The beach is full of nature, alive and often less so. A small colony of Northern Fulmars nestle in snug roosts for the latter part of the year, usually as pairs and confused threesomes. The males dive-bomb passers-by half-heartedly, more for show than grievance, returning again and again to chatter to their irate partner until danger is long gone. Out on the sea, but never close to shore, oblivious black cormorants bob along and above them the darts of diving terns pierce and plunge into passing shoals of silvery darlings deep below the surface. In winter months storms bring bedraggled guillemots and razorbills ashore, usually dead but sometimes found flapping wearily in the surf. In summer too, trouble far out at sea can wash up schools of multi-coloured jellyfish, netloads of small, sparkling fish and the odd young grey seal, common porpoise or even, once, a minke whale, brave failures in the rigours of ocean life. Year round, oystercatchers and peewits paddle at low tide or perch on rocks paying their small part in this abounding wee part of the world.
Once again weather is always being watched, where the sun is in relation to the horizon as the seasons move onward inexorably. After heavy rain two streams cascade off nearby croftland in dark waterfalls, making their own mark on the beach as this freshest of water makes its way to back to its saltier cousin for recycling, eventually, back to cloud. Rinse and repeat. And as the dog and I walk in driving rain and full waterproof gear, it’s easy to reflect on being here on past days with bare feet and shorts on, it feels like a lost lifetime ago but thankfully it will come around again. With the dark sky which looms not long past 4pm starting to give way, we look forward to being able to tread the same path in a few months time, with light long into evenings, bringing a mutual sense of return through the turning of time.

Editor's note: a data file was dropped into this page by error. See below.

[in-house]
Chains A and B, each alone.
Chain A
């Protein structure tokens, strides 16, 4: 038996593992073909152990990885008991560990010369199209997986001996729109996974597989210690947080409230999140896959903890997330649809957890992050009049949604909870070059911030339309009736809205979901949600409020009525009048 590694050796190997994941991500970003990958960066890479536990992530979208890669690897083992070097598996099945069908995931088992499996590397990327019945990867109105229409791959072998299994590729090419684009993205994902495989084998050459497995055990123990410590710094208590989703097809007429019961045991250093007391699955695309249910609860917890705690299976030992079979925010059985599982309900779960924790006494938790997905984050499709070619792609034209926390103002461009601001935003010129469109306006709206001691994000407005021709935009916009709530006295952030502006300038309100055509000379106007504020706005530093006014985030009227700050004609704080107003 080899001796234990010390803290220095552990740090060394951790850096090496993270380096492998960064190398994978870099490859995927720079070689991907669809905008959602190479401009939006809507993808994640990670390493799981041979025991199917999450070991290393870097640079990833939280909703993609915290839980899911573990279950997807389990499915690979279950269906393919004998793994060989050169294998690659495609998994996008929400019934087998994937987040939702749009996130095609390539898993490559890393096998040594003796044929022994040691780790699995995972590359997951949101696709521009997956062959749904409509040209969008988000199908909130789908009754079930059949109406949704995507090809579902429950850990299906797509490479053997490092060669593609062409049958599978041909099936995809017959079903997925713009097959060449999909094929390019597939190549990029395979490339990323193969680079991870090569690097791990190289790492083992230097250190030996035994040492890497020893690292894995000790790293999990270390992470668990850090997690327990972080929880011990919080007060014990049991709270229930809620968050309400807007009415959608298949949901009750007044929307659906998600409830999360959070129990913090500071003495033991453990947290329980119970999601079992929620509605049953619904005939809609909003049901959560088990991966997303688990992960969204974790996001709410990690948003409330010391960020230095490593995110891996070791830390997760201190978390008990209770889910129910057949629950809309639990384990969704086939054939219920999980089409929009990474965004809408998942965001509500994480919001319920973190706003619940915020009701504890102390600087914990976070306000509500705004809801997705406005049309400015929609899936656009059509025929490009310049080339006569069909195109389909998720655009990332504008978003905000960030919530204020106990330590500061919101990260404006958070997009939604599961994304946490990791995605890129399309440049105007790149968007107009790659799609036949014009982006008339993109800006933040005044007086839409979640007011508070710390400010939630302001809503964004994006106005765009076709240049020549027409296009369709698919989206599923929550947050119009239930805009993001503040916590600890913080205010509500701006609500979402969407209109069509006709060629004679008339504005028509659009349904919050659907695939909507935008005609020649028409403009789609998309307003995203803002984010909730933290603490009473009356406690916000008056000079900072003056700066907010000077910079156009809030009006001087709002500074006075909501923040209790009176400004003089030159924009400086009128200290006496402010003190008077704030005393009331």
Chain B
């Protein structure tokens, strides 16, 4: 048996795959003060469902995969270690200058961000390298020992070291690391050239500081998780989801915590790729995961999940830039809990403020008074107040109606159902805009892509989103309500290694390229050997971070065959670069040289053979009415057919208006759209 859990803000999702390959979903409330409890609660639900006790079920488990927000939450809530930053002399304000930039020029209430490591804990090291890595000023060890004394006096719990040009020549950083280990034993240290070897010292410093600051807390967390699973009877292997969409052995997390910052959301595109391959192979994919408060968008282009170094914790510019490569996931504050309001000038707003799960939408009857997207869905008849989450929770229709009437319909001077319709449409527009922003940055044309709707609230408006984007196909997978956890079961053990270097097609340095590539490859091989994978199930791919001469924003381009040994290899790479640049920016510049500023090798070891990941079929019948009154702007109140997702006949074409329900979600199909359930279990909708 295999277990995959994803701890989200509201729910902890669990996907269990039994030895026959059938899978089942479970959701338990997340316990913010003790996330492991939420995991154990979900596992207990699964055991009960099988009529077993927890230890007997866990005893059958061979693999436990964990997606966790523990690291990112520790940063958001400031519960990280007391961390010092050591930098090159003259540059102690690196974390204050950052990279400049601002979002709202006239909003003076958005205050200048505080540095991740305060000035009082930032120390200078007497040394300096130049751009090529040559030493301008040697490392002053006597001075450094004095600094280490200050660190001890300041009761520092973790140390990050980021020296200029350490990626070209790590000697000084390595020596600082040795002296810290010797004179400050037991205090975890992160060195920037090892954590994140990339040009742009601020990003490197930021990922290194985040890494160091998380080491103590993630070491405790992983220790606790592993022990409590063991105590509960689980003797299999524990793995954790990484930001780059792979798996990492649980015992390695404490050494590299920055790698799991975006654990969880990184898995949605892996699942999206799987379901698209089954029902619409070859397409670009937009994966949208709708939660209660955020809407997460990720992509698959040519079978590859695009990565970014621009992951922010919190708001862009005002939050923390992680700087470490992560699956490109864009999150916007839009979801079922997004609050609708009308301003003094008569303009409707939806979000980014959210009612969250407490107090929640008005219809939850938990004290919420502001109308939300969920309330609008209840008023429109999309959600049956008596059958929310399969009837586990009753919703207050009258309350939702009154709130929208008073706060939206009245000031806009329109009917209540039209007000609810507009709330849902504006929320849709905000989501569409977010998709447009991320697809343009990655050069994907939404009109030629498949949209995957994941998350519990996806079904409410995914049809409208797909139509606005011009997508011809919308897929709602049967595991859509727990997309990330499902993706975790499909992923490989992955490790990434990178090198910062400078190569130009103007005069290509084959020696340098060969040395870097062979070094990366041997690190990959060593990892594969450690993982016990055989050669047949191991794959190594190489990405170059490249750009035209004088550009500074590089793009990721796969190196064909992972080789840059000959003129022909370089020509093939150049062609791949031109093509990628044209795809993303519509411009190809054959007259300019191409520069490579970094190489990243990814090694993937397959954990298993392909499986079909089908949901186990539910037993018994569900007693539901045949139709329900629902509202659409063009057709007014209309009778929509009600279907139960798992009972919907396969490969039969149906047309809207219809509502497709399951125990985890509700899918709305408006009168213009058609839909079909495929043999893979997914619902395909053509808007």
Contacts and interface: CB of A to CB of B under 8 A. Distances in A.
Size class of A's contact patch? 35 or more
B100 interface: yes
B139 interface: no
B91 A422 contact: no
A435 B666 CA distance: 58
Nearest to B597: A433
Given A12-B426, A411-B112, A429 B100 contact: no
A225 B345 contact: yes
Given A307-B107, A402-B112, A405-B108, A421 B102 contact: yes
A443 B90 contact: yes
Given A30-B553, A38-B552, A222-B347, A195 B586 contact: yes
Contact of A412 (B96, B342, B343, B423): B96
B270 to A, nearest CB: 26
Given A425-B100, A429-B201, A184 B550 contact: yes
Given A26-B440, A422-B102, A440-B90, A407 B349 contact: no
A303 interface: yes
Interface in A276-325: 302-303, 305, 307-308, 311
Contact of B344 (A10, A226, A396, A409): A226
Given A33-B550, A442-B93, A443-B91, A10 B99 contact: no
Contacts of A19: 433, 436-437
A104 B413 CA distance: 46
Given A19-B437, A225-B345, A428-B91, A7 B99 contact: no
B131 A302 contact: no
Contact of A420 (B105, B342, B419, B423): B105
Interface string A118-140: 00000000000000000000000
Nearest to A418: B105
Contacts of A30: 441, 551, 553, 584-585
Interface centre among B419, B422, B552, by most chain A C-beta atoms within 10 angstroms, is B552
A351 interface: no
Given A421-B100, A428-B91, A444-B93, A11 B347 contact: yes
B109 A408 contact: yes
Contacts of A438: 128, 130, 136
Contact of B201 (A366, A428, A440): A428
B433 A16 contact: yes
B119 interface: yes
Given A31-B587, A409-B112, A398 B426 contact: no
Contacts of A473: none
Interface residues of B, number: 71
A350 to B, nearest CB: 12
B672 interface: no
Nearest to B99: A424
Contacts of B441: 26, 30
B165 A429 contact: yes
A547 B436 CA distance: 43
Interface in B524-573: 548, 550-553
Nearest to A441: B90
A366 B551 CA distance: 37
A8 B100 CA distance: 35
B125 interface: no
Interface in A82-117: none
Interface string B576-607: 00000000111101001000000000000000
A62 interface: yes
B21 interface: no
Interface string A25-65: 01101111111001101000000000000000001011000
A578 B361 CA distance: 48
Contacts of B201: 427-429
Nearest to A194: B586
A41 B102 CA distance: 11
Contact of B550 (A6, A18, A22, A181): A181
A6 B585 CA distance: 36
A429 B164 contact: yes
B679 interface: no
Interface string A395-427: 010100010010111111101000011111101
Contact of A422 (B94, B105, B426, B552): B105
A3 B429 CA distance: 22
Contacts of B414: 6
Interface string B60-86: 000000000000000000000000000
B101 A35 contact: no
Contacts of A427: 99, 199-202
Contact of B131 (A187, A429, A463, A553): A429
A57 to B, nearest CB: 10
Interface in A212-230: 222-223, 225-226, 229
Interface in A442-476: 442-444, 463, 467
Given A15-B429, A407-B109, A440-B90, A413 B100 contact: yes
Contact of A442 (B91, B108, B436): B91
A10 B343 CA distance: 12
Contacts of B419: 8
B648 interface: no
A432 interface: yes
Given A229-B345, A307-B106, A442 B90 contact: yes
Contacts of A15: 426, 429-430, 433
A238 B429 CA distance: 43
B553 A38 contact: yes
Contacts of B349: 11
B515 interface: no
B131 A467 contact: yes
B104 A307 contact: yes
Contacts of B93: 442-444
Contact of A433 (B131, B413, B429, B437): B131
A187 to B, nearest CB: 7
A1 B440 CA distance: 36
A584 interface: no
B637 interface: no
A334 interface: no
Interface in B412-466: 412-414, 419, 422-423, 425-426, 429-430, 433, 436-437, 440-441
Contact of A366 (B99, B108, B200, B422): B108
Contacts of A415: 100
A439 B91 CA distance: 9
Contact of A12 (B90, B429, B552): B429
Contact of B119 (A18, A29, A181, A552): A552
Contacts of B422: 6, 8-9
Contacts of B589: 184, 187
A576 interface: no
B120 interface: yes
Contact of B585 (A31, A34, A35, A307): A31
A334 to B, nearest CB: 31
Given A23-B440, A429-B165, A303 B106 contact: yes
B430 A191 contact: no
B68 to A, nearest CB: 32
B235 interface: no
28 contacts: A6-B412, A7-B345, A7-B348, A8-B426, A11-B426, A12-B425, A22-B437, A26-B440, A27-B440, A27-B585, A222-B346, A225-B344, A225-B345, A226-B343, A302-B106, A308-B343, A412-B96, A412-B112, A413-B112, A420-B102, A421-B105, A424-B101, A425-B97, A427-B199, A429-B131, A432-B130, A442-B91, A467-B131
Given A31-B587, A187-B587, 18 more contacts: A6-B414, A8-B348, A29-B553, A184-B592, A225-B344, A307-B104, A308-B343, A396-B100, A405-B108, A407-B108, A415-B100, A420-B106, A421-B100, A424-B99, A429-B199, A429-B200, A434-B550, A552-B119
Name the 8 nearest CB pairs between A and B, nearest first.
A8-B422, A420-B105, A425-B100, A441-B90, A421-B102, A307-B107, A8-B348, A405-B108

All in all, it’s the deep feeling of change that makes this simple routine meaningful. Life and death, ebb and flow, everything in motion and nothing staying the same, regardless of the timescales involved. I see my dog Mara growing up too, how she’s grown physically, how her behaviour has changed, I think about how many more years we’ll make this stretch of sand our daily routine, will we still be doing this when she’s too old to chase a ball, when will our last walk here together be? I think a lot about how life has changed for me also, the people who have come and gone, the problems that have been resolved and the issues that need to be faced still. Regardless of control or outcome, one things remains true, this is all just a fleeting moment of little importance, with no purpose other than to take from it the deepest of meaning one can, in the briefness we are allowed to glimpse it, through this great churn of energy and atom.